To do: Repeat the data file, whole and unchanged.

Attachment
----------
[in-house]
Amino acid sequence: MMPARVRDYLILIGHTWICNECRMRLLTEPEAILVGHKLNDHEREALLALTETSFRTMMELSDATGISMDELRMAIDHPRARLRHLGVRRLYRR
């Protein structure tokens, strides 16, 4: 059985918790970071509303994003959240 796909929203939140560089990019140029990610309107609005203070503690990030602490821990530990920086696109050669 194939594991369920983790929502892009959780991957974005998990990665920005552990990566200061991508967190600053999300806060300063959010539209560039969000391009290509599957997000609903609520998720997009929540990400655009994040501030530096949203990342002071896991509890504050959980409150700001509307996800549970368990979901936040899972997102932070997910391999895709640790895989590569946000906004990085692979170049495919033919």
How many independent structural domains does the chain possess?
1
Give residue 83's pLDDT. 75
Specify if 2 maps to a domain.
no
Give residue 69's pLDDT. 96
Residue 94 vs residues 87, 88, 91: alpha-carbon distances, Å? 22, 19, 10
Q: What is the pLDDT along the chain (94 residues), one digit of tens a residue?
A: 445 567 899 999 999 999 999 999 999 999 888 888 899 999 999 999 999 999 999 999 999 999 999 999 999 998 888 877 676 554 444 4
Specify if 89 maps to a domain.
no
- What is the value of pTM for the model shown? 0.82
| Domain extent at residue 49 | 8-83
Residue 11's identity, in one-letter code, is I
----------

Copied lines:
[in-house]
Amino acid sequence: MMPARVRDYLILIGHTWICNECRMRLLTEPEAILVGHKLNDHEREALLALTETSFRTMMELSDATGISMDELRMAIDHPRARLRHLGVRRLYRR
């Protein structure tokens, strides 16, 4: 059985918790970071509303994003959240 796909929203939140560089990019140029990610309107609005203070503690990030602490821990530990920086696109050669 194939594991369920983790929502892009959780991957974005998990990665920005552990990566200061991508967190600053999300806060300063959010539209560039969000391009290509599957997000609903609520998720997009929540990400655009994040501030530096949203990342002071896991509890504050959980409150700001509307996800549970368990979901936040899972997102932070997910391999895709640790895989590569946000906004990085692979170049495919033919």
How many independent structural domains does the chain possess?
1
Give residue 83's pLDDT. 75
Specify if 2 maps to a domain.
no
Give residue 69's pLDDT. 96
Residue 94 vs residues 87, 88, 91: alpha-carbon distances, Å? 22, 19, 10
Q: What is the pLDDT along the chain (94 residues), one digit of tens a residue?
A: 445 567 899 999 999 999 999 999 999 999 888 888 899 999 999 999 999 999 999 999 999 999 999 999 999 998 888 877 676 554 444 4
Specify if 89 maps to a domain.
no
- What is the value of pTM for the model shown? 0.82
| Domain extent at residue 49 | 8-83
Residue 11's identity, in one-letter code, is I